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Calling All Curls

Got Curl? Got Too Much Curl?  Do you blame your genes for it?  Do your curls make you feel out of control?  Do you feel like you have a halo of frizz over your head all the time?  If you answered yes, then keep reading!

You don’t necessarily have to get rid of them: with the proper care, you’ll enjoy -and learn- how to embrace your curls.  Sure there are a lot of chemical processes available, but why would you put your hair through such torture?  It adds stress to your scalp leading to breakage or hairloss.

Here’s how to learn to love your curls:

Define Your Style.  Find a celebrity photo that has a similar size of curl similar to yours.  Find out if she’s got corkscrew, botticelli, or wavy curls.  Corkscrew curls are characterized by tight small coils of curls and have a high frizz-factor.  Botticelli vary in size, and texture (medium to fine).  Wavy curls leave you torn between straight and curly, but not quite.  They tend to look unkempt and are actually the most manageable.  So, after you determine your curl type, look for a salon that specializes in curly hair. 

You’ve worn your hair all your life so you should really know by now how your curls behave and it’s important to give your stylist a heads-up.  Your stylist should know how to snip the curls at the ends to reduce frizz.  Sorry curly girls, avoid asking for lots of layers because the shorter you get at the top of your head, the wider your hair gets.  You’ve got beautiful, amazing curls, if you could eradicate the word “thinning-shears” from your vocabulary, please do.  They’ll leave your hair lifeless.  As in, “no bounce at all.”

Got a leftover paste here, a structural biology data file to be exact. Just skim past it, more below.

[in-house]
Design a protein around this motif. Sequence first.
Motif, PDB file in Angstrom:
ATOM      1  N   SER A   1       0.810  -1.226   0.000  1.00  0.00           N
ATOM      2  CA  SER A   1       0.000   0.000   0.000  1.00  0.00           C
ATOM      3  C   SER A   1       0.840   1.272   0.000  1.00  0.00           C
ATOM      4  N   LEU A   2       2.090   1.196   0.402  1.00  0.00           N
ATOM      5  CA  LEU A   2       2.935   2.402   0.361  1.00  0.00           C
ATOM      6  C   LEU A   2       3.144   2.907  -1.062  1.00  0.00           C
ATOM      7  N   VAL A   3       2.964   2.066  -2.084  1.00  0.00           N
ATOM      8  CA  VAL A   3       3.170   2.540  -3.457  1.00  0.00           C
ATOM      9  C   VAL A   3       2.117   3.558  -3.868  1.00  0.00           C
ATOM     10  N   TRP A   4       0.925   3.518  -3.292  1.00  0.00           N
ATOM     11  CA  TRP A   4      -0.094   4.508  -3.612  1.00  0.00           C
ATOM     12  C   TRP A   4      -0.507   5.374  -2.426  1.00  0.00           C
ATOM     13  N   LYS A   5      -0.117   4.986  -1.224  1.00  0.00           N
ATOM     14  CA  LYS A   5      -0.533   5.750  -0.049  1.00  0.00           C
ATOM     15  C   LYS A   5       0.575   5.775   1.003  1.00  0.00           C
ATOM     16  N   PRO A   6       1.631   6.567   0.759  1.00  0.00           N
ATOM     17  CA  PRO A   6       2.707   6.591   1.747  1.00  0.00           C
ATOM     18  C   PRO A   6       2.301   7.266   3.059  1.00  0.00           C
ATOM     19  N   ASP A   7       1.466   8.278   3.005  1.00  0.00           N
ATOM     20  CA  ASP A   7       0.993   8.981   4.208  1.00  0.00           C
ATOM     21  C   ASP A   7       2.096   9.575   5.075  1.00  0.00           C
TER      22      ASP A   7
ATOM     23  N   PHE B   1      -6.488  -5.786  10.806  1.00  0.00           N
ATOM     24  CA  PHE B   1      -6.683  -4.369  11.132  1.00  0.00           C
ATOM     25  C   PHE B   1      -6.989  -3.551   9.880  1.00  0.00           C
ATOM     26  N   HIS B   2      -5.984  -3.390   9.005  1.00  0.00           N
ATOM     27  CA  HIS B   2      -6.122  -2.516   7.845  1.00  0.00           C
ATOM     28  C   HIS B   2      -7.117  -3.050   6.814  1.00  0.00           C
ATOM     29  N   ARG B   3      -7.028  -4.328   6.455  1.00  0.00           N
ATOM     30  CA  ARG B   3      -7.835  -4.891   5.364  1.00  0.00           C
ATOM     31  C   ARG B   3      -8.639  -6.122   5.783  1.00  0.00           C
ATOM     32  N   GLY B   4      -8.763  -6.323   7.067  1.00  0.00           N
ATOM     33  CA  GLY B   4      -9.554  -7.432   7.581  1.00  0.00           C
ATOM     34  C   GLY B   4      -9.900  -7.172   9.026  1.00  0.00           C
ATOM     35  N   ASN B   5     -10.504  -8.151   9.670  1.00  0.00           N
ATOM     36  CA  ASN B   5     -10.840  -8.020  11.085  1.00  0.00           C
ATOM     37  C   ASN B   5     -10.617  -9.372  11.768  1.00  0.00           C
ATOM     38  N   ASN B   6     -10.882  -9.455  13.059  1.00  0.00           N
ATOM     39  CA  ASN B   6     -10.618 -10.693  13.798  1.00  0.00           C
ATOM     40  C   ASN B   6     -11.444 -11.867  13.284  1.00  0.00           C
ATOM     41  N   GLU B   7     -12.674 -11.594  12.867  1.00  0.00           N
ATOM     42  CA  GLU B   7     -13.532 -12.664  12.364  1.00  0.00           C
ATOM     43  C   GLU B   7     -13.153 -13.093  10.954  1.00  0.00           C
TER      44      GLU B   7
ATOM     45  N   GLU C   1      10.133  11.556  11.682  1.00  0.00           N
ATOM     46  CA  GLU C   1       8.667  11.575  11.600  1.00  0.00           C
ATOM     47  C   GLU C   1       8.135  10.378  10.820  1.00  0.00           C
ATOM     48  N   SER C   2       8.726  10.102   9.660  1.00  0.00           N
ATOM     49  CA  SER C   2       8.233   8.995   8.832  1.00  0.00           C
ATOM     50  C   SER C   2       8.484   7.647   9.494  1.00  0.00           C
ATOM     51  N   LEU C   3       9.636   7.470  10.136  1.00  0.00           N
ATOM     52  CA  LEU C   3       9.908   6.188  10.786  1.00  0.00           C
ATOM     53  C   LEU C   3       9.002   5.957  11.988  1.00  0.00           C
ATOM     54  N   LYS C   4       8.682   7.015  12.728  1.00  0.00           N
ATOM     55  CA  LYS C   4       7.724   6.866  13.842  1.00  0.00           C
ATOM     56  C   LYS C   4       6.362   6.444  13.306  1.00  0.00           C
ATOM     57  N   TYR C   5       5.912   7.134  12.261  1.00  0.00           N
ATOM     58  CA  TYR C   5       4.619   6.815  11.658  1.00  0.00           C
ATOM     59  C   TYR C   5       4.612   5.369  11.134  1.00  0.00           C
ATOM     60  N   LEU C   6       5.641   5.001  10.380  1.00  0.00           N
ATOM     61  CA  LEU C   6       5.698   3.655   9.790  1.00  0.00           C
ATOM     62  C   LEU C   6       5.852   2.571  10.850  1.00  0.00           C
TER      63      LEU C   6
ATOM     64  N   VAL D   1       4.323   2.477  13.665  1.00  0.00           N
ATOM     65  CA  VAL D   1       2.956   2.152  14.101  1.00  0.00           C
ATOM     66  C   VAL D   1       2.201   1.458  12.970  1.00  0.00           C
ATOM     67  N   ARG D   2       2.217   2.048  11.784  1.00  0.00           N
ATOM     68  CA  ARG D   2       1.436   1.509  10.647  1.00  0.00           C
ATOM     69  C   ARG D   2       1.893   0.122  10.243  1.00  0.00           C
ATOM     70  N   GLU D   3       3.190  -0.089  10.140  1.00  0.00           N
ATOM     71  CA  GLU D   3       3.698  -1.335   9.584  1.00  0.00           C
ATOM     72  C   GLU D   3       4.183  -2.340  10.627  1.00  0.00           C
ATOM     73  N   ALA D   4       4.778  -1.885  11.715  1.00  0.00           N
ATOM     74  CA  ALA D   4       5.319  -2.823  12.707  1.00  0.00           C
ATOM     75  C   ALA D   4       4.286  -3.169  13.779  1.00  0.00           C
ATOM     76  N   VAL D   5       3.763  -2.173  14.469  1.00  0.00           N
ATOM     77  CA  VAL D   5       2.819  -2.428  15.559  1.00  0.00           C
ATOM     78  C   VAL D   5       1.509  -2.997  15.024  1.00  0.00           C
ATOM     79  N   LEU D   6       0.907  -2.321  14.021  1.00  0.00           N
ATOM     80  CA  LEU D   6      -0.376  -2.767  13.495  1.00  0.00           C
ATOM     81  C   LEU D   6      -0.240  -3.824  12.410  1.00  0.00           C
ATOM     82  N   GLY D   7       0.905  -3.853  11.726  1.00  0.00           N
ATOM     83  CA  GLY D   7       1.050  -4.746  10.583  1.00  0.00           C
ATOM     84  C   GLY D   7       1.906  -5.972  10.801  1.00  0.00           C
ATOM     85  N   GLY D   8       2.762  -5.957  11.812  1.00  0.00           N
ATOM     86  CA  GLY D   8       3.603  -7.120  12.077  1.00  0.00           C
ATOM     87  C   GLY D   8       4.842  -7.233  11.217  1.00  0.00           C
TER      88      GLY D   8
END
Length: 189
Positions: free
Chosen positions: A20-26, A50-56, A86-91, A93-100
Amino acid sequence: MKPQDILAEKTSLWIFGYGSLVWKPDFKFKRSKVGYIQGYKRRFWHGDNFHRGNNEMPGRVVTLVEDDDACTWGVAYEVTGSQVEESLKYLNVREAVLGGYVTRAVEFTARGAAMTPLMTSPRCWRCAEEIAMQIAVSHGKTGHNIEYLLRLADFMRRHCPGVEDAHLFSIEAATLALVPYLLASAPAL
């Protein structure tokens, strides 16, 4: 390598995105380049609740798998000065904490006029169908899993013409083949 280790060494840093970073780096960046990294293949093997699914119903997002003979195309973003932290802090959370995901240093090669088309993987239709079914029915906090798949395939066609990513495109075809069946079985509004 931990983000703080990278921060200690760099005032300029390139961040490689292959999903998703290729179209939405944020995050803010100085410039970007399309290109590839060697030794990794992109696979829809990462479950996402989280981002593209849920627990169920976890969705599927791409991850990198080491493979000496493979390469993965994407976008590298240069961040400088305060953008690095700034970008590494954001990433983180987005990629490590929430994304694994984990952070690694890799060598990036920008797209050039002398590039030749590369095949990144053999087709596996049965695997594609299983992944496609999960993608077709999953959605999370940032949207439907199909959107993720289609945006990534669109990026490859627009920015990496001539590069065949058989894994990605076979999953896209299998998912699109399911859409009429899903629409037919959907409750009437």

Color me Curly.  New techniques have evolved into modern, refined, more appropriate ways to color your long, cared-for curls.  Always ask for a non-ammonia formulation (try INOA by L’Oreal) to reduce damage to your hair.  Ask your hair hero about color blocking.  It works best for corkscrew-type curls to maintain the integrity of the hair.  You could actually have up to three tones of color with different levels of lightness or darkness.  There’s ribbon highlighting where your hair is being sliced (by color!) into chunky pieces to define your botticelli curls.  Otherwise, ask for baliage, which is perfect for wavy curl.  You should style your clean hair the way you usually wear it before your appointment so your colorist can accentuate your waves by hand-painting the color.

What a Curl Wants.  Your curls are probably screaming with thirst.  Hydrate, hydrate, hydrate.  As much of a product junkie as you may be (you know what I’m talking about; you’ve got enough hair products in your shower to open a beauty supply store), you’re still missing the miracle curl-saving hair cream.  Don’t worry, I’ve got you covered: each individual strand of hair is as delicate as a single silk fiber, so treat it like one.  Ask your stylist on your next visit for a sulfate-free shampoo (sulfates are strong detergents often used in store-brand shampoos, usually sodium laureth sulfate or ammonium laureth sulfate).  Your conditioner is as important as your shampoo.  Choose one that is concentrated since it will help your hair to retain the maximum amount of moisture.  Caring for your hair doesn’t end in the shower.  You should blot your hair gently and de-tangle it with a leave-in treatment that contains soy wheat protein or amino acids and a serum with acai oil, known for its rich anti-oxidant properties.

Stop butchering your curls.  Celebrate them and wear them proudly.